• Parable of the leaven (20-21)

20 And again He said, “To what shall I liken the kingdom of God? 21 It is like leaven, which a woman took and hid in three measures of meal till it was all leavened.”

  • Once again, Jesus gives a comparison with the kingdom of God, and once again the picture is unexpected.  “Leaven” is yeast – not exactly something that a person would normally associate with the kingdom.  In this particular case, it was probably a large amount, for it needed to be enough to work its way through “three measures of meal.”  That’s about 47 pounds of flour, enough to feed 100 people.  Either the woman in the parable was extraordinarily hungry, or she was preparing a feast!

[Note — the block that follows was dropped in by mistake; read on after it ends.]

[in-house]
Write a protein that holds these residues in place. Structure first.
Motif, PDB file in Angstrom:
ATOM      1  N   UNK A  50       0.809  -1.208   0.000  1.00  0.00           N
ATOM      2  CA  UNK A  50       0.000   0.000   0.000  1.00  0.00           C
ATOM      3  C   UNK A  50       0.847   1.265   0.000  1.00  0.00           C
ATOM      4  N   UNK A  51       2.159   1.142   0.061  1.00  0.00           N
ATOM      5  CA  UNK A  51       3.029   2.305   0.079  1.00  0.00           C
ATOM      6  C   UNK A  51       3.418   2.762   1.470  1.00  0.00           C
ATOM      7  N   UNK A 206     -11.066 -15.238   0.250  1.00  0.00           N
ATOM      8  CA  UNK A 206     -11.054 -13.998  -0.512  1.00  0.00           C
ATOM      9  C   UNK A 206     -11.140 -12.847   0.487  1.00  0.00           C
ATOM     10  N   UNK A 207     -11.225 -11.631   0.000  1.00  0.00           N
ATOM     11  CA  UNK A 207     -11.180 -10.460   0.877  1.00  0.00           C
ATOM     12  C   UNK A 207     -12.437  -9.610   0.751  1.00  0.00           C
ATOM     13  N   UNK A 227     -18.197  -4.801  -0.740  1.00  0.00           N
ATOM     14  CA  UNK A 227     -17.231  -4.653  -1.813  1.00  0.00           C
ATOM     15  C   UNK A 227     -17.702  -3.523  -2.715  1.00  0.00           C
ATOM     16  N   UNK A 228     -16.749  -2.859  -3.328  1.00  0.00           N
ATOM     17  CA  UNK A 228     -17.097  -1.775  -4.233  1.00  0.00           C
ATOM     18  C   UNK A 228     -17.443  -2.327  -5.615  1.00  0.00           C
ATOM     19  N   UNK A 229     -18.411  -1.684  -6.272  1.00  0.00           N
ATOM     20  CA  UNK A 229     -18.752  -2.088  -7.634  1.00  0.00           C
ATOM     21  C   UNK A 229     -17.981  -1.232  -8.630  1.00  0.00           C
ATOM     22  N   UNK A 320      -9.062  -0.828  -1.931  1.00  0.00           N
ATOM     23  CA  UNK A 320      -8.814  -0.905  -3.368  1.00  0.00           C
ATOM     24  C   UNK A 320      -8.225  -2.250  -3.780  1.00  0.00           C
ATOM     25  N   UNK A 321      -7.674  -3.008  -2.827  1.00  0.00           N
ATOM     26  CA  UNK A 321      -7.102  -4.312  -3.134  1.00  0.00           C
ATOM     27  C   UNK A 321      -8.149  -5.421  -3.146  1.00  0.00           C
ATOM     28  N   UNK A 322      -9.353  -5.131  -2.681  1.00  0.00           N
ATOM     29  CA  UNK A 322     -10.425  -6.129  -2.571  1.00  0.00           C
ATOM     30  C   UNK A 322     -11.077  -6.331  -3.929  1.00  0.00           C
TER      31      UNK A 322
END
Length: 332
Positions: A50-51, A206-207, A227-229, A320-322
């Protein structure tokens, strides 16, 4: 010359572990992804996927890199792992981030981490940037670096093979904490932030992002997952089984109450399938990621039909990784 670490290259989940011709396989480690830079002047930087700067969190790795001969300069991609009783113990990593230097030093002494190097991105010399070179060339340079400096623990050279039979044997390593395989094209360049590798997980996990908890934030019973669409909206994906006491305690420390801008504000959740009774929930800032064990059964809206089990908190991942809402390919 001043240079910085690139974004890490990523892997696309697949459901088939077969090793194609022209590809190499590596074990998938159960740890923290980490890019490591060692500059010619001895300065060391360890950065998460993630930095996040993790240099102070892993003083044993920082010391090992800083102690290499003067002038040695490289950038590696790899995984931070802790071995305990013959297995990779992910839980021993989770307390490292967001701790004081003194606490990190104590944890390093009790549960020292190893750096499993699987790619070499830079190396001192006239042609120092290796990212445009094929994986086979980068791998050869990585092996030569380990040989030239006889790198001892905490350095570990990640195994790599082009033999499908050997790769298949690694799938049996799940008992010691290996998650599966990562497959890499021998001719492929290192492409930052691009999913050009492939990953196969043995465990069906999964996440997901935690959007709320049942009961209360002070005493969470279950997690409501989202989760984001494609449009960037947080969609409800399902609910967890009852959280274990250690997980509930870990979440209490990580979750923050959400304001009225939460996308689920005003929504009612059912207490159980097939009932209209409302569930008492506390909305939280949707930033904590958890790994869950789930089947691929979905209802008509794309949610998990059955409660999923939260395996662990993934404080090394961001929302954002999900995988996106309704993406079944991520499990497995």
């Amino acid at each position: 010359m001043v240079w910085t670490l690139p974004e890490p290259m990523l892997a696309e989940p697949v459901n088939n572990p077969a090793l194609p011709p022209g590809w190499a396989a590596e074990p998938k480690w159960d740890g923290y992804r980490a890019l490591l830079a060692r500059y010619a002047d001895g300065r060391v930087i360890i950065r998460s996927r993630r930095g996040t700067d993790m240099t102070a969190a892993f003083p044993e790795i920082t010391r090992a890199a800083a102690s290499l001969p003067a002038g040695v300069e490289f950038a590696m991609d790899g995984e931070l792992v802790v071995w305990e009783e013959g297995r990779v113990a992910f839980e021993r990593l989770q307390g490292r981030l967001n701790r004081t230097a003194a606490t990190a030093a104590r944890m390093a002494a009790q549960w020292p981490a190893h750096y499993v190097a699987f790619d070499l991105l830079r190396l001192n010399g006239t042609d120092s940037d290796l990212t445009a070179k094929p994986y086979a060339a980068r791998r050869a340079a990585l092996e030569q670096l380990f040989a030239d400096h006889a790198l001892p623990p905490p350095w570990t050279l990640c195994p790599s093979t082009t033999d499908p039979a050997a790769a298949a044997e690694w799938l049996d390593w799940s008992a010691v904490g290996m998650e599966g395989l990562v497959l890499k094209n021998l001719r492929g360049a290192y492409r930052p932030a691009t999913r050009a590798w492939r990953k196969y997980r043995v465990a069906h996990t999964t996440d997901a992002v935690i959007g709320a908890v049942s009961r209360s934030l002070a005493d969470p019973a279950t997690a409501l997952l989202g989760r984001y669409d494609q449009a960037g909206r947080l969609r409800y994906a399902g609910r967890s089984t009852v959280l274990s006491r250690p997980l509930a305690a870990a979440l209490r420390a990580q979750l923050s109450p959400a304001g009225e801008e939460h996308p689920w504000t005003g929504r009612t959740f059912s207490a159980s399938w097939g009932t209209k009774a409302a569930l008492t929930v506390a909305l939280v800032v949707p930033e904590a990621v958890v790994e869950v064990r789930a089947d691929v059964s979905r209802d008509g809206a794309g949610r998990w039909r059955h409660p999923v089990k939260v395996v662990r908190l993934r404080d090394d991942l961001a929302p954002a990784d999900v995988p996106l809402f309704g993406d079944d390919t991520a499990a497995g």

• But this idea of leaven is truly unusual.  The last time Luke records Jesus speaking of leaven was in a bad sense, when Jesus told the people “beware of the leaven of the Pharisees, which is hypocrisy.” (12:1)  In fact, that instance & here in 13:21 are the only occasions Luke uses the term.  Matthew provides the same parable & warning, and Mark provides only the warning, so they don’t broaden our understanding.  Paul uses it as an example of sin among the Corinthians & Galatians (1 Cor 5:6-8, Gal 5:9).  The Hebrew Bible primarily uses leaven in a bad sense, for it was something that needed to be removed for the Passover, and wasn’t to be offered with most of the normal sacrifices.  For this reason, many Bible teachers believe Jesus to be warning His listeners about the future corruption that would eventually infiltrate the church.  Historically speaking, there’s no doubt the church did experience corruption, both doctrinally & morally.  To this day, the church still struggles against false teaching & sinful practices among those who claim the name of Jesus.